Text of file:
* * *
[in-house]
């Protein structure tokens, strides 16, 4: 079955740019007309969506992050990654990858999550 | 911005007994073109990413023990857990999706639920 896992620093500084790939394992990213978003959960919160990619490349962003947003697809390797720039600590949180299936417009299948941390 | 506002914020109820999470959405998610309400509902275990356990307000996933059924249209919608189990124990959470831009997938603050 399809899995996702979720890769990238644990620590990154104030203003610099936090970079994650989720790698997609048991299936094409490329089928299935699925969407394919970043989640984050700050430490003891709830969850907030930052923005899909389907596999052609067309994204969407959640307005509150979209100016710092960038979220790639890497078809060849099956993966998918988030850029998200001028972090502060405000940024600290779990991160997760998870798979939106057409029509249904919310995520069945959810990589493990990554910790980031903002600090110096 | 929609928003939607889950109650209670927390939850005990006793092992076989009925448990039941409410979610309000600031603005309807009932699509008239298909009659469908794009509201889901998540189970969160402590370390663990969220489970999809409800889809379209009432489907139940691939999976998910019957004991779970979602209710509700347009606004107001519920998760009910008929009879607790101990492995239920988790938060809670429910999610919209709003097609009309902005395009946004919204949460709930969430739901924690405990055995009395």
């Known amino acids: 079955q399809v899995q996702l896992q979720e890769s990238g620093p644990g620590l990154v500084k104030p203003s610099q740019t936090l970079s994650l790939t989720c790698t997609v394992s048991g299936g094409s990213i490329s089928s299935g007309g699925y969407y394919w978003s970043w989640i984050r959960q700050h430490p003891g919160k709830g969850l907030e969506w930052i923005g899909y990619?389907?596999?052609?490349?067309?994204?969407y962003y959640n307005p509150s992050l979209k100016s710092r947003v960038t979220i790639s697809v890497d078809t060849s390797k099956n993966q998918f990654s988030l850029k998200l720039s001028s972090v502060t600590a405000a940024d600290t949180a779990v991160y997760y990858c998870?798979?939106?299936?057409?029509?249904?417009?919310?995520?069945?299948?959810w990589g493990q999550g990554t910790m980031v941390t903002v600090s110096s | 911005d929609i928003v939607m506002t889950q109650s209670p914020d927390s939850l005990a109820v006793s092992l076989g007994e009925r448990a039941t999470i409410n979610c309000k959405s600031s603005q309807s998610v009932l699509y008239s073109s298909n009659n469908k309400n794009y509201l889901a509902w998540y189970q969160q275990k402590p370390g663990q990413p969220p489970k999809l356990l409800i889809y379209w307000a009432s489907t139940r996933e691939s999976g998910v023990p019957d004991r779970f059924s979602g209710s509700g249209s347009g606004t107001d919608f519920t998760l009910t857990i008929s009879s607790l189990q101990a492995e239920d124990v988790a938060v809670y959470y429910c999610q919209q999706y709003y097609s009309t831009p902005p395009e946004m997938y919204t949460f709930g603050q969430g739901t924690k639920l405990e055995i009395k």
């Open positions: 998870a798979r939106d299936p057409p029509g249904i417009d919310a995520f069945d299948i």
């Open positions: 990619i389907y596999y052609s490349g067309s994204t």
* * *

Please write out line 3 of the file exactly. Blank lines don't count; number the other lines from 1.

């Known amino acids: 079955q399809v899995q996702l896992q979720e890769s990238g620093p644990g620590l990154v500084k104030p203003s610099q740019t936090l970079s994650l790939t989720c790698t997609v394992s048991g299936g094409s990213i490329s089928s299935g007309g699925y969407y394919w978003s970043w989640i984050r959960q700050h430490p003891g919160k709830g969850l907030e969506w930052i923005g899909y990619?389907?596999?052609?490349?067309?994204?969407y962003y959640n307005p509150s992050l979209k100016s710092r947003v960038t979220i790639s697809v890497d078809t060849s390797k099956n993966q998918f990654s988030l850029k998200l720039s001028s972090v502060t600590a405000a940024d600290t949180a779990v991160y997760y990858c998870?798979?939106?299936?057409?029509?249904?417009?919310?995520?069945?299948?959810w990589g493990q999550g990554t910790m980031v941390t903002v600090s110096s | 911005d929609i928003v939607m506002t889950q109650s209670p914020d927390s939850l005990a109820v006793s092992l076989g007994e009925r448990a039941t999470i409410n979610c309000k959405s600031s603005q309807s998610v009932l699509y008239s073109s298909n009659n469908k309400n794009y509201l889901a509902w998540y189970q969160q275990k402590p370390g663990q990413p969220p489970k999809l356990l409800i889809y379209w307000a009432s489907t139940r996933e691939s999976g998910v023990p019957d004991r779970f059924s979602g209710s509700g249209s347009g606004t107001d919608f519920t998760l009910t857990i008929s009879s607790l189990q101990a492995e239920d124990v988790a938060v809670y959470y429910c999610q919209q999706y709003y097609s009309t831009p902005p395009e946004m997938y919204t949460f709930g603050q969430g739901t924690k639920l405990e055995i009395k």